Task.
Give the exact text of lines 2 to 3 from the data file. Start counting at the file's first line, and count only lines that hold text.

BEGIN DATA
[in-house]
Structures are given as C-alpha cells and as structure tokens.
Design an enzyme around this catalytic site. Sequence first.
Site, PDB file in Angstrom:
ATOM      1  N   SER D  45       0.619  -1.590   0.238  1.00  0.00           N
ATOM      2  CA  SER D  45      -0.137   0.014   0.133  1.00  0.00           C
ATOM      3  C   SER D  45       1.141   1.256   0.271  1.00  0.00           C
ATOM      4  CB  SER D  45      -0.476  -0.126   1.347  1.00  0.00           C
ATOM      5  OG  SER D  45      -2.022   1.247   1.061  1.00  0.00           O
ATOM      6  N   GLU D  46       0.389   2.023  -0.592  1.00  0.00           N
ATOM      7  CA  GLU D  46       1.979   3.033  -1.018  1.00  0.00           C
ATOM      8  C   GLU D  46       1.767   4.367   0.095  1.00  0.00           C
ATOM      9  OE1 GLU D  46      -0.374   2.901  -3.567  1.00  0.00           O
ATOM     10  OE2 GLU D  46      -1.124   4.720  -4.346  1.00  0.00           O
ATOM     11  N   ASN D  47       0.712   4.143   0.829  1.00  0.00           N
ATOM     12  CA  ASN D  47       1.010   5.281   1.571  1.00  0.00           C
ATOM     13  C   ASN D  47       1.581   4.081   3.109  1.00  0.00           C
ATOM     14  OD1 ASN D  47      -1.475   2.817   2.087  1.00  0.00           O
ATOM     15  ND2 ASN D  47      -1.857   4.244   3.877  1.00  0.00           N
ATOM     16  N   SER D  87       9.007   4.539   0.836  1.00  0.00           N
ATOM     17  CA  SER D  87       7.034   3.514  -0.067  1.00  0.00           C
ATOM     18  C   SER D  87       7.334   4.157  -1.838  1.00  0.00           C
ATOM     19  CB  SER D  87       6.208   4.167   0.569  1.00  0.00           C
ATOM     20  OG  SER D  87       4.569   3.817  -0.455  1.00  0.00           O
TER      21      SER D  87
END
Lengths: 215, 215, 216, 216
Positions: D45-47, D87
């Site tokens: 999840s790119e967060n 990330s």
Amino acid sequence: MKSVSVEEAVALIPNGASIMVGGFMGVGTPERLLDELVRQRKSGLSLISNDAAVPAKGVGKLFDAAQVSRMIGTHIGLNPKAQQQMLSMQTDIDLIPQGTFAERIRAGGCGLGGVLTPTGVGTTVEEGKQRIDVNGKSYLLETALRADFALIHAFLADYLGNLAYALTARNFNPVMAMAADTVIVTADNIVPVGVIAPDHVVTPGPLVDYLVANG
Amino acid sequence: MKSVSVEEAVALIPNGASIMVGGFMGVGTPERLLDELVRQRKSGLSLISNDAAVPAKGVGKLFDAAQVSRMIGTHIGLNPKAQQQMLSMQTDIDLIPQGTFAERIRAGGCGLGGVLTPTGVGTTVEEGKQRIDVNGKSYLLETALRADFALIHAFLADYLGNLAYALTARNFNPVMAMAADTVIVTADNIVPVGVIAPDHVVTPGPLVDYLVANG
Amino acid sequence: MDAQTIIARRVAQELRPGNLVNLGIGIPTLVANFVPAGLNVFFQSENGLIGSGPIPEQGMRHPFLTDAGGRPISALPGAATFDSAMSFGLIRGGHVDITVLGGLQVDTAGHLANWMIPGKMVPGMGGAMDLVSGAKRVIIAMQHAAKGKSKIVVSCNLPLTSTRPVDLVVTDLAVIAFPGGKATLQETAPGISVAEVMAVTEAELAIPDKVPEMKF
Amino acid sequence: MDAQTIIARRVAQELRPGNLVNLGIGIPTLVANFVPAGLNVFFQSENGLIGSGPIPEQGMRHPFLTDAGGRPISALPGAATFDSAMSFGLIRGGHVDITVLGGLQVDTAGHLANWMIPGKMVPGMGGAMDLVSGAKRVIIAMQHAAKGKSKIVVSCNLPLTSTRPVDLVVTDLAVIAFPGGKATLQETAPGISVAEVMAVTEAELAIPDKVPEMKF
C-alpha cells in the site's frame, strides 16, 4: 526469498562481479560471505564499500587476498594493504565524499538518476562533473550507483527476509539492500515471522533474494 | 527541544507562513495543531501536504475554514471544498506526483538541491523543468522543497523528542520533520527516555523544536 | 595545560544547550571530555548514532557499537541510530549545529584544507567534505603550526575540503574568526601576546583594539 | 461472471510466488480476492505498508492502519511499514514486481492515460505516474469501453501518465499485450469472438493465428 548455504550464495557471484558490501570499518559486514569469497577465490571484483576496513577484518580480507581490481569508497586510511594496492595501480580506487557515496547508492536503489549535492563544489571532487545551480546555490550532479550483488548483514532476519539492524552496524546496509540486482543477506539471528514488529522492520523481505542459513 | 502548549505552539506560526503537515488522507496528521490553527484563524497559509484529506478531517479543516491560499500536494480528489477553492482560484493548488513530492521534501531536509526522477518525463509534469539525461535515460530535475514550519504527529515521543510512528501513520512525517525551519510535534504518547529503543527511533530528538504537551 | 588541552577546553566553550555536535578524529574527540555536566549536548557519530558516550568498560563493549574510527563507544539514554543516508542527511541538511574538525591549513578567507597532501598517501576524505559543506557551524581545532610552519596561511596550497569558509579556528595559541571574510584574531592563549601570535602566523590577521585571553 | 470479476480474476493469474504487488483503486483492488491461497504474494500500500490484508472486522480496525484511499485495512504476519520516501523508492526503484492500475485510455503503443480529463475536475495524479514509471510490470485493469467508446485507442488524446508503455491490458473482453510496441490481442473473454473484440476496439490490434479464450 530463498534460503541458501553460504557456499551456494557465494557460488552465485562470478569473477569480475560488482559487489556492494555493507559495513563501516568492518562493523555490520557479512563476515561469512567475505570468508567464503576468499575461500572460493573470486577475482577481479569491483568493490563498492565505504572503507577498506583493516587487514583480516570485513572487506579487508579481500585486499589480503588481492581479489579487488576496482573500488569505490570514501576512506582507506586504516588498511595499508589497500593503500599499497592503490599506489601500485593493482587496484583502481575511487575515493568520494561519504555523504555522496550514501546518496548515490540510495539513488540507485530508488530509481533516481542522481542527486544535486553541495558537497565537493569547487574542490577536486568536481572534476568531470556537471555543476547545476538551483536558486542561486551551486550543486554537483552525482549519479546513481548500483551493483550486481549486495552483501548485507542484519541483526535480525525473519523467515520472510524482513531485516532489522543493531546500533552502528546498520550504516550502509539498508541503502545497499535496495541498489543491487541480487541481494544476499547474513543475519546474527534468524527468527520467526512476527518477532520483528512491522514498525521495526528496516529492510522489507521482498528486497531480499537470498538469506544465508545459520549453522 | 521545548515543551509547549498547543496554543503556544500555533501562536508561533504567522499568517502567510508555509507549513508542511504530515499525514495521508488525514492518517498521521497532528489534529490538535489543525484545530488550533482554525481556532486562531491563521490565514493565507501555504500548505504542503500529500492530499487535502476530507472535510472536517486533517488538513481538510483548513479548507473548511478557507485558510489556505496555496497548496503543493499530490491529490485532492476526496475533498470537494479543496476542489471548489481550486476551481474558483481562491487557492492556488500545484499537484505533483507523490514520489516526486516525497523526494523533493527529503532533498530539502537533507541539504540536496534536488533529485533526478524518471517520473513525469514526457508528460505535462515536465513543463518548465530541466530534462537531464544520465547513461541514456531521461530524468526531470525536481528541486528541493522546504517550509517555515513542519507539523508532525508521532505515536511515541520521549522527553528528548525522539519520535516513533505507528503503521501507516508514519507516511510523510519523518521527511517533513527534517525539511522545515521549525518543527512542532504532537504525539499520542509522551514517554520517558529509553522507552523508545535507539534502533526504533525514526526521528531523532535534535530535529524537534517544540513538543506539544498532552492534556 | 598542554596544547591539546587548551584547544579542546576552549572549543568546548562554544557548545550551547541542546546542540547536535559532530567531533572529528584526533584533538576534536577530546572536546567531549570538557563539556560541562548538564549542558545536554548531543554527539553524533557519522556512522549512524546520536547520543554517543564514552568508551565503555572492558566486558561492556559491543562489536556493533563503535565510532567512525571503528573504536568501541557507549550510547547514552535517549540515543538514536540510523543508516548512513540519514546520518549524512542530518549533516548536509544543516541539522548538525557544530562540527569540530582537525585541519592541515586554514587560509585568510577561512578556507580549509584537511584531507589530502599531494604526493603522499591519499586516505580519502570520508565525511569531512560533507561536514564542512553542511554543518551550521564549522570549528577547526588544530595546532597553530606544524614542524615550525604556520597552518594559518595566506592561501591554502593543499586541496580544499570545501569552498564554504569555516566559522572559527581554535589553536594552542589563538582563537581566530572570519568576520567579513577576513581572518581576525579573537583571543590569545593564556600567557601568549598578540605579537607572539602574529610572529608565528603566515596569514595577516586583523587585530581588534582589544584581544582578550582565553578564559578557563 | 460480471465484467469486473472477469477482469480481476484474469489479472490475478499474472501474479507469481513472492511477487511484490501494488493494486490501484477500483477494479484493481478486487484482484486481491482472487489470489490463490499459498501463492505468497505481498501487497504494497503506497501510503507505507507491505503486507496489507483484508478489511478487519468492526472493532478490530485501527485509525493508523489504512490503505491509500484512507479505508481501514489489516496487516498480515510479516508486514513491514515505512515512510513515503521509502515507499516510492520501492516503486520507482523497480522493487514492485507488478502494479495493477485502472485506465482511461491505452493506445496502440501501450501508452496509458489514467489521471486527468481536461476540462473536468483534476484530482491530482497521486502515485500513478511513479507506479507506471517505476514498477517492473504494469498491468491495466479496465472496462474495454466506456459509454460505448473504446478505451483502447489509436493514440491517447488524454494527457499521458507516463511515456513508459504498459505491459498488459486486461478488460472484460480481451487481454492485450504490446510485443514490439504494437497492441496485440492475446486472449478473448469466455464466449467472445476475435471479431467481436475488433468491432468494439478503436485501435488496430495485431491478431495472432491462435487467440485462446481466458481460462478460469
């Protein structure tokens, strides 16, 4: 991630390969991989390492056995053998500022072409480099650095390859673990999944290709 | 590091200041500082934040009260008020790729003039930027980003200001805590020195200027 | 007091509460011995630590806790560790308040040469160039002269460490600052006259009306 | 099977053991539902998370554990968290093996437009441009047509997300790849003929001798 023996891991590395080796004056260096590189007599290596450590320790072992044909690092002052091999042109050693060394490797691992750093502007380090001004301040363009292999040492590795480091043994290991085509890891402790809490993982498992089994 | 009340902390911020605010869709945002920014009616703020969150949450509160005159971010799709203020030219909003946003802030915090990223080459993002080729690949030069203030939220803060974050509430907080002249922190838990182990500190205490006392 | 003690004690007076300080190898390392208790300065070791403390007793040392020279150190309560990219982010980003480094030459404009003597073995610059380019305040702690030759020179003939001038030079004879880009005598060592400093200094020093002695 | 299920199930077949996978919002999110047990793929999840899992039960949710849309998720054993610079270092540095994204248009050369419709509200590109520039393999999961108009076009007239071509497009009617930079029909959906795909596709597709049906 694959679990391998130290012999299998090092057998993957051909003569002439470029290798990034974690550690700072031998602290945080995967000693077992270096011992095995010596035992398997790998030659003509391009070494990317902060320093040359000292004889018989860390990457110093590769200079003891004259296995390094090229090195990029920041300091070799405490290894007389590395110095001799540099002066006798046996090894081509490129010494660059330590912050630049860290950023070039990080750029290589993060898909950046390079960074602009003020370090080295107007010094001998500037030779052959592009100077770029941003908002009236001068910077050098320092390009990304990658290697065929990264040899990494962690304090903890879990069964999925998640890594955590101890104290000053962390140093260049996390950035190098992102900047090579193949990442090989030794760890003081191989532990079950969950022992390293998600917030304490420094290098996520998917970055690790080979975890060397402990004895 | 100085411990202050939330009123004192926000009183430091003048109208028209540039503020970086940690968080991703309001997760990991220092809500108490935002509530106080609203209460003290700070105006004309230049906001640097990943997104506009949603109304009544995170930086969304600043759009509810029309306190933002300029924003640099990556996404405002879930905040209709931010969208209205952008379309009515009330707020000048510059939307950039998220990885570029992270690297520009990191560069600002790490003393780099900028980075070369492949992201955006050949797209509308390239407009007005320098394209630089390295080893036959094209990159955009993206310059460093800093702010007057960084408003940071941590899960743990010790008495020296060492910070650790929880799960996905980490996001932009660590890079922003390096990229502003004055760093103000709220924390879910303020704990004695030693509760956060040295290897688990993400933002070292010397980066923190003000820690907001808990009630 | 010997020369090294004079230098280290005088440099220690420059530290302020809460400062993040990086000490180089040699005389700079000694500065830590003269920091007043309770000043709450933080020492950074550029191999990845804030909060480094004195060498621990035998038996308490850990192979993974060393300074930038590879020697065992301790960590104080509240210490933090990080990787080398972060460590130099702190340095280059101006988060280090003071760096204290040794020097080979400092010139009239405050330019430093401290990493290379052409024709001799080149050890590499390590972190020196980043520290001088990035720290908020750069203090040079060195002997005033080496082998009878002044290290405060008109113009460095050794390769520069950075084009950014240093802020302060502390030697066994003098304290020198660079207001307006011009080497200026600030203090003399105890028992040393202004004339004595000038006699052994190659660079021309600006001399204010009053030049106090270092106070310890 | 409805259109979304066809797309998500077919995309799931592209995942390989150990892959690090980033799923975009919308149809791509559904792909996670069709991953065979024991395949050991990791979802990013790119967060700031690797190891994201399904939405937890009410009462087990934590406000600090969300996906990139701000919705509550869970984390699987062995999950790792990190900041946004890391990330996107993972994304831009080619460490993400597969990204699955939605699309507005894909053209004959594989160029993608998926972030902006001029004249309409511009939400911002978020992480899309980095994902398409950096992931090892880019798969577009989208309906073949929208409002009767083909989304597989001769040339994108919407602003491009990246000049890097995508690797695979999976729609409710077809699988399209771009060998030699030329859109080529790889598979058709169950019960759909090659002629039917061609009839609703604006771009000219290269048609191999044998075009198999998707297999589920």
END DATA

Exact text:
Structures are given as C-alpha cells and as structure tokens.
Design an enzyme around this catalytic site. Sequence first.